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Jewish World Review June 21, 2000 / 18 Sivan, 5760

Michael Kelly

Michael Kelly
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Consumer Reports

Gore and the Goodies -- IT'S EASY TO MOCK Al Gore (now, there's a truism) for his sudden embrace of big tax cuts and for his likewise abrupt passion for allowing workers to augment their Social Security pensions by investing tax dollars in the stock market, two ideas that George W. Bush has been trumpeting and that, until now, Gore has been screechily denouncing as too, too terribly risky.

And of course Gore should be mocked. There is something genuinely funny in seeing him take time off from his simultaneously shrill and pompous attacks on Bush's proposal to cut income taxes by $1.3 trillion over 10 years as an irresponsible abdication of governmental stewardship--in order to present his own $500 billion, 10-year tax cut as a splendid example of governmental stewardship. Gore campaign spokesman Douglas Hattaway says his man's half-trillion election-year candy toss is "a responsible tax cut," while Bush's trillion-dollar baby is "a giant tax giveaway." Where is the magic point where a tax cut goes from one to the other--$600 billion? $900 billion? If Bush had brought in his scheme at, say, $700 billion, only $200 billion more than Gore's, would it too be "a responsible tax cut"? What if Bush had proposed exactly the same figure as Gore? Would both plans be responsible tax cuts, or would they both be giant tax giveaways? It's so confusing.

The Bush campaign crew is enjoying the opportunity for fun provided by Gore's latest policy retooling. It should savor these laughs, for it is less likely to enjoy the last ones. Putting mockery aside (although I do hate to do that), Gore has done a smart thing here, setting himself up for the sort of campaigning at which he is best.

Gore is a master at what might be called grab-and-smash politics. He grabs hold of the most popular aspects of an idea that is also supported by his opponent. But then he takes a different approach--and smashes his opponent on the distance between them. This tactic allows Gore to give full play to his great strengths in the areas of distortion and demagoguery. Gore excels at presenting himself as the candidate who promises the most in fresh governmental goodies, while casting his opponent in the role of electoral monster: someone who would take our existing goodies away. This is what Gore did to Bill Bradley in the Democratic primaries, by relentlessly repeating the false claim that Bradley, if elected, would eliminate the Medicaid program and replace it with a $150-per-month voucher that wouldn't cover many families' needs (hurting blacks and Hispanics most, Gore would piously note). Now Gore is in a position to do unto Bush as he did unto Bradley.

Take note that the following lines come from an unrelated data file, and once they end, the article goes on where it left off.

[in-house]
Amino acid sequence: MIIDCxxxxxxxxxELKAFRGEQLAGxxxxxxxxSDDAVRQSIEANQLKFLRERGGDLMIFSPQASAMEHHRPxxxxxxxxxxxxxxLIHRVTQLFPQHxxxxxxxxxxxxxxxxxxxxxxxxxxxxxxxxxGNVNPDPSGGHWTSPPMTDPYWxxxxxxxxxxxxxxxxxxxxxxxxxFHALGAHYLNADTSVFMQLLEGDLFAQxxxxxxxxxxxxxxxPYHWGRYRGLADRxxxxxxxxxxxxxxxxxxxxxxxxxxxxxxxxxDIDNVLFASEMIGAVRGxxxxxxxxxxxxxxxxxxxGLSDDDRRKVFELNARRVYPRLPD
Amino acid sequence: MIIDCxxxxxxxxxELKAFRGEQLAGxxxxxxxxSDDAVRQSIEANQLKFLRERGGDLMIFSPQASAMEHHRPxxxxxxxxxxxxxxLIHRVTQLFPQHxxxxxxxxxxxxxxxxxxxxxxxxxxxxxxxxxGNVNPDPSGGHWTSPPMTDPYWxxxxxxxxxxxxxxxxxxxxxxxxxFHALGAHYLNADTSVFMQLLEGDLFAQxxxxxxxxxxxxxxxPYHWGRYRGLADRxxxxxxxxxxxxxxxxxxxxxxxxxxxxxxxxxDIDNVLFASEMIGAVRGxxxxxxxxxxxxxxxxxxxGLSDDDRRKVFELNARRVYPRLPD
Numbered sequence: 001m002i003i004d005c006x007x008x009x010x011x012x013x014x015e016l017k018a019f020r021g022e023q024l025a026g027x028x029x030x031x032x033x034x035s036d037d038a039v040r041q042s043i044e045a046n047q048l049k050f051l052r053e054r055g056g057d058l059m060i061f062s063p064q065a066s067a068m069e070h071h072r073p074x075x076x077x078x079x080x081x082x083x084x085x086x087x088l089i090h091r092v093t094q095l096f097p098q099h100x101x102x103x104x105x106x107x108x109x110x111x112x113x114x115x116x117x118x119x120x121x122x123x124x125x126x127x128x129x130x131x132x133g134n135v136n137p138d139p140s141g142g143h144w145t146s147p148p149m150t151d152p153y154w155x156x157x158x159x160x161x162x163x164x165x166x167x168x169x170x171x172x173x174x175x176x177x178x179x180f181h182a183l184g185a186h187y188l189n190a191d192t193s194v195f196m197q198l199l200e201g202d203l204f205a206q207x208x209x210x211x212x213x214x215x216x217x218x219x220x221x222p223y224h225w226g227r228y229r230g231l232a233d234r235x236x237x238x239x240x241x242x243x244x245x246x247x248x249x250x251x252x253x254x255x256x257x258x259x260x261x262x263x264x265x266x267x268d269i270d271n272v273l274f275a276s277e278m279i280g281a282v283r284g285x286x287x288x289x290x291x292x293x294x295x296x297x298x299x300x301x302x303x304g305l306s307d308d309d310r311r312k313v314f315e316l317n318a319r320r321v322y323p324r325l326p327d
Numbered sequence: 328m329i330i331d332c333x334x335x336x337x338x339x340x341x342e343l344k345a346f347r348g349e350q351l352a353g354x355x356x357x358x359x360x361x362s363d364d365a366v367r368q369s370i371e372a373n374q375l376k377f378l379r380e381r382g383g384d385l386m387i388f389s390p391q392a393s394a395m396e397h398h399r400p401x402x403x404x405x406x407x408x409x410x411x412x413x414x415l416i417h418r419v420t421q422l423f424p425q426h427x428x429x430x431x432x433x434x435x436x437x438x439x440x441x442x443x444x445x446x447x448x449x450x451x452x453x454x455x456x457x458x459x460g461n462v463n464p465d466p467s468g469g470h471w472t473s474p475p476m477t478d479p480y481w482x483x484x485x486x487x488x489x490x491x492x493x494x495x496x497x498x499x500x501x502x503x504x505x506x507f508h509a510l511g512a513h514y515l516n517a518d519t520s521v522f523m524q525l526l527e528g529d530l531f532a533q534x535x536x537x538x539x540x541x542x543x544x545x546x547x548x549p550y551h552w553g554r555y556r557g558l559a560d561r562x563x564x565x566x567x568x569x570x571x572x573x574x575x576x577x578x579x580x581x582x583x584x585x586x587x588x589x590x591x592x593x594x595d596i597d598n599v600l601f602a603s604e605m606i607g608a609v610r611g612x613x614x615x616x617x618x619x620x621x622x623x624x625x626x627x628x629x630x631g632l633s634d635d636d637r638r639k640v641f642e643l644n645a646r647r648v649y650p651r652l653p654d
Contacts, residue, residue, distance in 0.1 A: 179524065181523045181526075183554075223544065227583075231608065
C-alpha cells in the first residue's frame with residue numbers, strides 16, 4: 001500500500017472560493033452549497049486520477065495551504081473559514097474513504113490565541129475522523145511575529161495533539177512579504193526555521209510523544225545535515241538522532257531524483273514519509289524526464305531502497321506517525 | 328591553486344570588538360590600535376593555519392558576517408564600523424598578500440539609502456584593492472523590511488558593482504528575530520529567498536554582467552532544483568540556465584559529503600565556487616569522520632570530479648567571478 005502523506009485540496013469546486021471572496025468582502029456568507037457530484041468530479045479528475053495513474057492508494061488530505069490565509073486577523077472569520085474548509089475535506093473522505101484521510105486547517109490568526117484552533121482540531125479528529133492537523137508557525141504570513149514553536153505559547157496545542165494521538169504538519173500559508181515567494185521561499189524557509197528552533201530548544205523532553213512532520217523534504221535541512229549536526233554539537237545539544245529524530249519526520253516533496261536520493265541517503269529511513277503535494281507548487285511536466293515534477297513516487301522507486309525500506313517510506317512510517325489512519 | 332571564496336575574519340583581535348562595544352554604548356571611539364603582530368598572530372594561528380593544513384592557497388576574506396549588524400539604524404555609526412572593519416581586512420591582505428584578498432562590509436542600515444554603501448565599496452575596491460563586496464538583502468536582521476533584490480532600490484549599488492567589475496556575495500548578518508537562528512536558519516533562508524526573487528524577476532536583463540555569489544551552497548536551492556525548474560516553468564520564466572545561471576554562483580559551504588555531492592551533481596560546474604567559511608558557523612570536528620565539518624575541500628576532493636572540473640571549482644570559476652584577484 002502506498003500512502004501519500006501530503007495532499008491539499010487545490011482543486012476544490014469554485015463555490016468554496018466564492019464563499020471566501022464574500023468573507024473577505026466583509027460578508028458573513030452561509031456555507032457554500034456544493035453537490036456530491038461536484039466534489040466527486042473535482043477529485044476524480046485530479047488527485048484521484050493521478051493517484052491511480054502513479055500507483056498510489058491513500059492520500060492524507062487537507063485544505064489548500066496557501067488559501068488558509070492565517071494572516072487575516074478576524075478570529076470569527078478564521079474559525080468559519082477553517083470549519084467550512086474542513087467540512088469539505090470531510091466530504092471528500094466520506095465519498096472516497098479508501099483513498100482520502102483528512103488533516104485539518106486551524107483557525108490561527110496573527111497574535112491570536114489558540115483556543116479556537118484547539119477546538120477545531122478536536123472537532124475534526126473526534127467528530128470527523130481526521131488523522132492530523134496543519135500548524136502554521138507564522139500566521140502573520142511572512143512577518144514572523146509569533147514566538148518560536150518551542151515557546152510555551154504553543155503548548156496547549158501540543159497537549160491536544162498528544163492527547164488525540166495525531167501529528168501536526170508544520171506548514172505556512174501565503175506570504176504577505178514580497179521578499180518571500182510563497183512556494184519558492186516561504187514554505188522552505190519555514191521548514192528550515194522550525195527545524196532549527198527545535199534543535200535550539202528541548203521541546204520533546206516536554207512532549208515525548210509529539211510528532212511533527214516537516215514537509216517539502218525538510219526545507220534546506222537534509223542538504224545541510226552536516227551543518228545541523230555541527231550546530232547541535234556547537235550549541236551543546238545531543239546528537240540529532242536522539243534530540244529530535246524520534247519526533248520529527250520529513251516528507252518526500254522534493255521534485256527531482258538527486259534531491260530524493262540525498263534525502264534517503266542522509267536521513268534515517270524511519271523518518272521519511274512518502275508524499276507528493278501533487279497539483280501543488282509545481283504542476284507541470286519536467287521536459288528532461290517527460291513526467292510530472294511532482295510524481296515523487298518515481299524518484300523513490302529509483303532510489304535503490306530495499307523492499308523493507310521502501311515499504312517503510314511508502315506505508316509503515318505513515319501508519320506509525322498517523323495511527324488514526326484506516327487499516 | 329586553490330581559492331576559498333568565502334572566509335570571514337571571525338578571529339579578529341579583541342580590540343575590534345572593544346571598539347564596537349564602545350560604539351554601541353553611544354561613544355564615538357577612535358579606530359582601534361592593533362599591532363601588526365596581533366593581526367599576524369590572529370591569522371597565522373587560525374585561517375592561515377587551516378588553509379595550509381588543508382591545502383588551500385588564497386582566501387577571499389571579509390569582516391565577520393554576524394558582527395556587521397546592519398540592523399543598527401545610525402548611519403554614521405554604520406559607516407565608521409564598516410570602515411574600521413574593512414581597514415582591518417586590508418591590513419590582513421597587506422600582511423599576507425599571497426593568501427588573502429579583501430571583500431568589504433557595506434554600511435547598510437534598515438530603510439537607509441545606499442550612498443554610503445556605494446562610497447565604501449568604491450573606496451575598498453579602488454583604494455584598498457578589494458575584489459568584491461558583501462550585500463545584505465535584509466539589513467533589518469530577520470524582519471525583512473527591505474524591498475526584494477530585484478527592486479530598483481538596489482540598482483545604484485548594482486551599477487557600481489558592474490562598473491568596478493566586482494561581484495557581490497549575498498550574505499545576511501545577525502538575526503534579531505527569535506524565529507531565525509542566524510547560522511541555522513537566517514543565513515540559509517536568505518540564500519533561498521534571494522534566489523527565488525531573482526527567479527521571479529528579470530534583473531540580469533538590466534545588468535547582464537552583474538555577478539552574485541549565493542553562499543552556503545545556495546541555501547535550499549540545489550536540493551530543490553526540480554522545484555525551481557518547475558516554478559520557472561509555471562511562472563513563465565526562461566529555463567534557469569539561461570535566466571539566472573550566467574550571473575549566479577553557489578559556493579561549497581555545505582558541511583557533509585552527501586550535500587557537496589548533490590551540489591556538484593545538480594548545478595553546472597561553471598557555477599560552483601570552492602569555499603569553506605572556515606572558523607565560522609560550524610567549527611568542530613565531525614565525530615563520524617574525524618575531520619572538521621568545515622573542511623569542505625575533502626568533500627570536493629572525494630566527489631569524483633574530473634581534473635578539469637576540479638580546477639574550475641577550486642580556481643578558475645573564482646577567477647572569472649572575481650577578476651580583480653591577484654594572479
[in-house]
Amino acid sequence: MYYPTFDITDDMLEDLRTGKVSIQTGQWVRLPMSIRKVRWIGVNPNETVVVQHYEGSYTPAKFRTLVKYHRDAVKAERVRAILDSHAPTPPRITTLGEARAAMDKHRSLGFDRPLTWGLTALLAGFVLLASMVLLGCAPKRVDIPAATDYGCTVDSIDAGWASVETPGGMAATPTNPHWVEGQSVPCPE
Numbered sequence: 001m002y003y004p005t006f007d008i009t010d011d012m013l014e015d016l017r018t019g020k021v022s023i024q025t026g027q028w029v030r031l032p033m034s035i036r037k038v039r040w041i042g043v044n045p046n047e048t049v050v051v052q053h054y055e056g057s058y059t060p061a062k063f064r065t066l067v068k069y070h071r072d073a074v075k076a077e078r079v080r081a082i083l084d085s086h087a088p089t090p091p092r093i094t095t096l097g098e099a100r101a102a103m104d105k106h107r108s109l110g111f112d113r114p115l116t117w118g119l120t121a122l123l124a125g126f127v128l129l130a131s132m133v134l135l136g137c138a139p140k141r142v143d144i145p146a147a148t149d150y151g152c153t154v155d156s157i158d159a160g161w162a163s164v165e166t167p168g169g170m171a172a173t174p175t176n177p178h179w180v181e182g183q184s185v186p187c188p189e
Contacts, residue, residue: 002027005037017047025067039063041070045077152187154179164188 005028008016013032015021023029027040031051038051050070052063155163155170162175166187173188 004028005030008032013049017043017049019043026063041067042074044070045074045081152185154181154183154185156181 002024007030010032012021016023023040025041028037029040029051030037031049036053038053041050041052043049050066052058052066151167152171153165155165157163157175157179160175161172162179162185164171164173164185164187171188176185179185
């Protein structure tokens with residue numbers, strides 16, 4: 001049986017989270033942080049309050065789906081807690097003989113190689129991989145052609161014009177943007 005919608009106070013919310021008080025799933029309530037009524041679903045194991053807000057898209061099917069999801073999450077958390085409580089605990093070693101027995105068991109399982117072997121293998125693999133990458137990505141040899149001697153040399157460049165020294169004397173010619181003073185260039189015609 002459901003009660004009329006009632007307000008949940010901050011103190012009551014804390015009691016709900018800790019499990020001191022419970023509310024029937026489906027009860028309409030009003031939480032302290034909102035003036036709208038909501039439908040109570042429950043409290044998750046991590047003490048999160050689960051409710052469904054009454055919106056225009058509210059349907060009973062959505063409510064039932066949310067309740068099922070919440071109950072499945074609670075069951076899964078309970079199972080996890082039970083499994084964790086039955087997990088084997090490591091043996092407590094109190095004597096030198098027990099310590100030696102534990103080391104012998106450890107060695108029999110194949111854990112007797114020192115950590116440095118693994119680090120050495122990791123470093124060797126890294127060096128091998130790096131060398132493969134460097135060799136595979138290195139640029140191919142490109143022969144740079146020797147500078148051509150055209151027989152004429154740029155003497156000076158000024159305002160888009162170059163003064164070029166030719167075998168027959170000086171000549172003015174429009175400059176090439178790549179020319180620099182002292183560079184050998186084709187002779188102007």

Until this week's repositioning, Bush was enjoying the goodies high-ground. With his across-the-board tax cut proposal and his plan to allow workers to use part of their payroll taxes to create private investment accounts, he stood as the candidate most like Santa. Now Gore stands with him, competing for the gimme-vote. But Gore also stands apart from Bush. The differences between their approaches to both tax cuts and Social Security are substantial and are rooted in basic governing philosophy.

Bush's is a conservative approach; he would tinker with the (liberal) foundations of Social Security, and he would offer everyone the benefit (and risk) of market investment. Gore's approach is classically liberal; he would maintain existing Social Security benefits but allow workers--not all workers, only those couples who earn less than $100,000 per year--to create their own private pension plans as well. These accounts would be funded largely with tax dollars, in the form of government matching funds that would, for the least wealthy recipients, amount to $3 for every $1 invested.

Similarly, Bush's conservative tax-cut plan would give relief to everyone, including the wealthy; Gore's liberal approach would target a series of specific cuts at middle-class families, while denying cuts for wealthier voters, who would in essence foot the goodies bill. Both plans are classic election-year bribes, but which is likely to be more popular? It depends on who can better frighten the voters.

Bush can attack Gore's Social Security and tax-cut plans as liberal wealth-redistribution schemes, which they are, but this might not be effective. Middle-class voters object to schemes that redistribute wealth from them to the poor, not from the rich to them. Gore will meanwhile seek to convince voters--especially crucial older voters--that Bush is the candidate of taking goodies away. Since Gore's Social Security plan guarantees maintenance of existing benefits (without, of course, addressing the generational shortfall that any meaningful reform must), and Bush's does not, this should be a fairly easy sell. And nobody is better at selling fear than Al Gore.

Michael Kelly is the editor of National Journal. Send your comments to him by clicking here.


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